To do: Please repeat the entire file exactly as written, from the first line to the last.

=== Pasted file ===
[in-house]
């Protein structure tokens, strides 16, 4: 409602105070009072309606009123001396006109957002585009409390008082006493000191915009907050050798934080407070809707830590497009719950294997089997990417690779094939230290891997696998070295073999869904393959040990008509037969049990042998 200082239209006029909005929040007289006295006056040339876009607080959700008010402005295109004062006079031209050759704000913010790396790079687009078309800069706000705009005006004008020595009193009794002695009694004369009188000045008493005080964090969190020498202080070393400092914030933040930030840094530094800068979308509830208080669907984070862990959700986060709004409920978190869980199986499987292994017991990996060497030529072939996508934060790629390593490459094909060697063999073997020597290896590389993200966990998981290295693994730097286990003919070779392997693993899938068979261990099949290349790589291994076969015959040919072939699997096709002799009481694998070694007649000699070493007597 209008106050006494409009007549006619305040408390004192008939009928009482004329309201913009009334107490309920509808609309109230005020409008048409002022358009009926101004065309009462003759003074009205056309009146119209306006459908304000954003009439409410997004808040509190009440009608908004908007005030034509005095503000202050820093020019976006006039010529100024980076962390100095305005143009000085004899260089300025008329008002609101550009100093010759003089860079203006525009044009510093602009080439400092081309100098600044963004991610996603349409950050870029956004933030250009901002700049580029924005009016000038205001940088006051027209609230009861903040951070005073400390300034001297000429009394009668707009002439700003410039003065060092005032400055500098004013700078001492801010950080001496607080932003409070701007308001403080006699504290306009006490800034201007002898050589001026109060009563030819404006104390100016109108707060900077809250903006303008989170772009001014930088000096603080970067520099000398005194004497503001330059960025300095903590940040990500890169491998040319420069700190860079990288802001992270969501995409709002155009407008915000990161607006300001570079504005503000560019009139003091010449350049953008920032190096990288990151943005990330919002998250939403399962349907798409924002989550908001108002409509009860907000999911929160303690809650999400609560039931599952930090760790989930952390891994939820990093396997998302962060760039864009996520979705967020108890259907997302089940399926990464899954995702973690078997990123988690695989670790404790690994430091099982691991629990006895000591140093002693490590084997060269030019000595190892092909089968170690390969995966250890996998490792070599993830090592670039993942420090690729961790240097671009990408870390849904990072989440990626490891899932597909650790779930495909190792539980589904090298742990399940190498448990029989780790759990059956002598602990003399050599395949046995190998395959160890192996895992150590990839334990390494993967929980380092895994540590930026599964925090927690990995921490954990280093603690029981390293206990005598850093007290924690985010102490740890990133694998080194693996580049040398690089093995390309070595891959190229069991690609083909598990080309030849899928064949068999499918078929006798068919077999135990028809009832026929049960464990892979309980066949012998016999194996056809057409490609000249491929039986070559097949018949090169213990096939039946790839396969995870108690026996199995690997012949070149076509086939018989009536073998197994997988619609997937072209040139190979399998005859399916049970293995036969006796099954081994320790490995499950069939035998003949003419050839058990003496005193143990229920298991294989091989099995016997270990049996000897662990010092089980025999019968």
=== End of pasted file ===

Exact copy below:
[in-house]
């Protein structure tokens, strides 16, 4: 409602105070009072309606009123001396006109957002585009409390008082006493000191915009907050050798934080407070809707830590497009719950294997089997990417690779094939230290891997696998070295073999869904393959040990008509037969049990042998 200082239209006029909005929040007289006295006056040339876009607080959700008010402005295109004062006079031209050759704000913010790396790079687009078309800069706000705009005006004008020595009193009794002695009694004369009188000045008493005080964090969190020498202080070393400092914030933040930030840094530094800068979308509830208080669907984070862990959700986060709004409920978190869980199986499987292994017991990996060497030529072939996508934060790629390593490459094909060697063999073997020597290896590389993200966990998981290295693994730097286990003919070779392997693993899938068979261990099949290349790589291994076969015959040919072939699997096709002799009481694998070694007649000699070493007597 209008106050006494409009007549006619305040408390004192008939009928009482004329309201913009009334107490309920509808609309109230005020409008048409002022358009009926101004065309009462003759003074009205056309009146119209306006459908304000954003009439409410997004808040509190009440009608908004908007005030034509005095503000202050820093020019976006006039010529100024980076962390100095305005143009000085004899260089300025008329008002609101550009100093010759003089860079203006525009044009510093602009080439400092081309100098600044963004991610996603349409950050870029956004933030250009901002700049580029924005009016000038205001940088006051027209609230009861903040951070005073400390300034001297000429009394009668707009002439700003410039003065060092005032400055500098004013700078001492801010950080001496607080932003409070701007308001403080006699504290306009006490800034201007002898050589001026109060009563030819404006104390100016109108707060900077809250903006303008989170772009001014930088000096603080970067520099000398005194004497503001330059960025300095903590940040990500890169491998040319420069700190860079990288802001992270969501995409709002155009407008915000990161607006300001570079504005503000560019009139003091010449350049953008920032190096990288990151943005990330919002998250939403399962349907798409924002989550908001108002409509009860907000999911929160303690809650999400609560039931599952930090760790989930952390891994939820990093396997998302962060760039864009996520979705967020108890259907997302089940399926990464899954995702973690078997990123988690695989670790404790690994430091099982691991629990006895000591140093002693490590084997060269030019000595190892092909089968170690390969995966250890996998490792070599993830090592670039993942420090690729961790240097671009990408870390849904990072989440990626490891899932597909650790779930495909190792539980589904090298742990399940190498448990029989780790759990059956002598602990003399050599395949046995190998395959160890192996895992150590990839334990390494993967929980380092895994540590930026599964925090927690990995921490954990280093603690029981390293206990005598850093007290924690985010102490740890990133694998080194693996580049040398690089093995390309070595891959190229069991690609083909598990080309030849899928064949068999499918078929006798068919077999135990028809009832026929049960464990892979309980066949012998016999194996056809057409490609000249491929039986070559097949018949090169213990096939039946790839396969995870108690026996199995690997012949070149076509086939018989009536073998197994997988619609997937072209040139190979399998005859399916049970293995036969006796099954081994320790490995499950069939035998003949003419050839058990003496005193143990229920298991294989091989099995016997270990049996000897662990010092089980025999019968």